While the upset victory of Benjamin Netanyahu may astonish, shock or delight one faction or another, what significance can it hold in effecting any real change in Israel’s perilous situation? Sufficient ground has already been conceded to Israel’s intractable enemies through the conditions of the Oslo agreements as to make them irreversible. In fact, any attempt now to offset them or even delay the ‘peace process’ by a more conservative and wary prime minister and cabinet might actually more quickly precipitate the inevitable violence. Netanyahu’s already-announced intention of pursuing terrorists into the safe haven provided by territories under the sovereignty of the Palestinian Authority, will inevitably bring about an armed clash with the 30,000 ‘police’ that constitute a formidable military presence within Israel’s own borders. Even without that, the Palestinian leadership might conclude that only violence, the resumption of a threatened and extended Intifada or worse, is the only answer for the obtainment of the goals of statehood and the possession of Jerusalem that failed negotiations cannot now be expected to deliver. A front page article in the Jerusalem Post International Edition (June 15, 1996) cites Palestinian Authority ministers as warning that “any policy statement by the incoming government denying a Palestinian state, refusing a Palestinian role in Jerusalem, or rejecting withdrawal from the Golan would be considered a declaration of war.”
It may be that the Lord’s intention in allowing the coming to power of the Likud is to demonstrate to the nation that its salvation cannot be expected from any political quarter, that its situation is humanly insoluble, that the nation’s predicament is the logic of its own sin and that of its fathers, the ultimate consequence of turning from its own God, and that its only remedy lies exclusively and equally in its return! That such a return cannot Biblically be expected before a final time of terror and despair [called ‘The time of Jacob’s trouble’ (Jer. 30:7) that must necessarily take place in the Land, and culminate in the Lord’s return (Zech.14)] is made abundantly clear from numerous prophetic Old and New Testament texts. Yet that there are segments of the Church that continue, despite that word, to hope for political resolution with an intractable enemy resolutely bent upon Israel’s destruction, is a statement of a condition that perhaps borders upon willful deception (and if in that, what then in anything?).
So even now, are events not building toward a dread and final crisis which is still future in present Israel’s experience and for which the time of Jacob’s trouble may itself be the conclusion? Indeed, the crisis grows out of desperate secular-humanistic schemings for ‘peace’ that must inevitably fail, and will likely precipitate a preliminary violence of such a kind as to usher in the antichrist treaty leading to the final calamity of Jacob’s trouble itself! Were the present state of Israel that ‘Israel’ now, the nation would be seeking God at its own authentic altar of worship, and displaying that limp of utter dependency toward God (Gen. 32:24-32; 33:19-20) that distinguishes a ‘Jacob’ from an ‘Israel.’ This is exactly what will characterize the nation millennially after its final distress in order that it might ‘bless all the families of the earth’ in contrast to that Jacob confidence in itself that is the tragic and present disposition of the nation. That ‘Peniel’ is yet to be crossed but is impending. To see present Israel romantically as anything other than a ‘Jacob’ is simply not to see. Such a projection is more the statement of our own unrealistic spiritual condition that may itself be rudely remedied in nothing less than the shock of unexpected disaster. That Israel’s long-standing hardness as a nation (though individuals as a remnant of grace continue to be saved) will not be altered till then is itself a judgment ordained of God:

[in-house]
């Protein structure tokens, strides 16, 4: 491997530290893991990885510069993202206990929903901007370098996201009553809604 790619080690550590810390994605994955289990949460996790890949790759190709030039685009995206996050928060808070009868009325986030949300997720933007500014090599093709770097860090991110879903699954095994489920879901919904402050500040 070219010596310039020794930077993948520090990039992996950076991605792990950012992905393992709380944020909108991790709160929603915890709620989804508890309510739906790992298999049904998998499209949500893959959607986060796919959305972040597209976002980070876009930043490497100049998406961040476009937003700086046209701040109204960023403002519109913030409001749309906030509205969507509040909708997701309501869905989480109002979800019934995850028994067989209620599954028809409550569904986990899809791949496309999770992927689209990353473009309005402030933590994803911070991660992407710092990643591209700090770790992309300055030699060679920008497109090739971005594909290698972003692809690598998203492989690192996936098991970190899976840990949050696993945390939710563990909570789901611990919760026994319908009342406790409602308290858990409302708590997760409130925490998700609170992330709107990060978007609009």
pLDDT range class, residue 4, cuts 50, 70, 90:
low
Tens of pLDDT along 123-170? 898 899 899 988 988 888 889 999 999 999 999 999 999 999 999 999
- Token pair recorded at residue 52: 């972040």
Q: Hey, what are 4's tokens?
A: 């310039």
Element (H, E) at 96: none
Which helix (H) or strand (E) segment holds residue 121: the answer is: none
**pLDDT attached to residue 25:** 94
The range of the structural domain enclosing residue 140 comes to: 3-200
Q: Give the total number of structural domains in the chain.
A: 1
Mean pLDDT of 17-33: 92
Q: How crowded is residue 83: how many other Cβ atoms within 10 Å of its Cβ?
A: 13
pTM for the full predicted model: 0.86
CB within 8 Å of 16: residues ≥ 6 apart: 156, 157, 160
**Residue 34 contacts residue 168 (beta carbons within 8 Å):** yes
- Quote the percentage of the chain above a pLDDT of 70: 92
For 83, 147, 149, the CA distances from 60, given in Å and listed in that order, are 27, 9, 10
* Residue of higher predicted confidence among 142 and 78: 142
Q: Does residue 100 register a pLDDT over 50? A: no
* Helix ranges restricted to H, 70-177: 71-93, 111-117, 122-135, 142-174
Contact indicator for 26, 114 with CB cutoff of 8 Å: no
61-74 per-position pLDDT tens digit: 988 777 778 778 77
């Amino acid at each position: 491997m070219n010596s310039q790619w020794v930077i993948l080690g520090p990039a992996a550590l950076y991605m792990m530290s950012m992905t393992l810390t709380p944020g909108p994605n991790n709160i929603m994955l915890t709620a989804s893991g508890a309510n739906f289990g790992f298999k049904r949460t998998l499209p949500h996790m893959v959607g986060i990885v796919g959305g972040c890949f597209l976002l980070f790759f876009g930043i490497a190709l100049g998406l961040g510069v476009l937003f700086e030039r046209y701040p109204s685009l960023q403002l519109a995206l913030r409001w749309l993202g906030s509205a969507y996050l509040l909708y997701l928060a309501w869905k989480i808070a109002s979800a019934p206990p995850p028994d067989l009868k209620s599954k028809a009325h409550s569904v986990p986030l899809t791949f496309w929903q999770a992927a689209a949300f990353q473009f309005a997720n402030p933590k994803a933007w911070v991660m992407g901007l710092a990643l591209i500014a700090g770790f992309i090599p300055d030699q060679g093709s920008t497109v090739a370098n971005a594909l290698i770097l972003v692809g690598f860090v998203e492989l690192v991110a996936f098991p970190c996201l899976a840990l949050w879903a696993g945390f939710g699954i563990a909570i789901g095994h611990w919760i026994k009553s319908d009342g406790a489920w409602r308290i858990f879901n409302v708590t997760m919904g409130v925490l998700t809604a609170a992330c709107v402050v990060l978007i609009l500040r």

Then said I, Lord how long [will Israel remain in this condition] and He answered, “Until the cities be wasted without inhabitant, and the houses without man, and the land be utterly desolate, and the Lord have removed men far away, and there be a great forsaking in the midst of the land.” (lsa. 6: l l-12).
Though there have been previous and partial fulfillments in Israel’s history of defeat and expulsion, a full and final fulfillment is yet future as the text itself indicates. Clearly, the ‘heart of this people is [remains] fat and their ears heavy and their eyes shut’ evidently waiting for the ‘until’ of a devastation of ‘great forsaking in the midst of the land.’ This then requires a presence in the Land (in my opinion obtained in the establishment of the state of Israel since 1948) ‘and it shall be a tenth, and it shall return’ (v. 13) – not necessarily a literal tenth, but a tithe which is expressive of, and stands for, the entire nation. Our mistake, and indeed, tragic in its implications, is to interpret that preliminary presence [i.e., present political Israel] as constituting already the redeemed nation rather than the necessary remnant that ‘shall be eaten’ 1 [Isa.6:13, i.e., ‘given, up to destruction’ or as it is rendered in the NIV, ‘again be laid waste’]. Were this the only text indicating a future devastation in the Land before a final restoration, we could perhaps be excused for refusing to consider so painful a scenario. But the truth is that there is a plenitude of prophecies that speak of a final return to a land made desolate. Consider this text from Ez.36:33-38: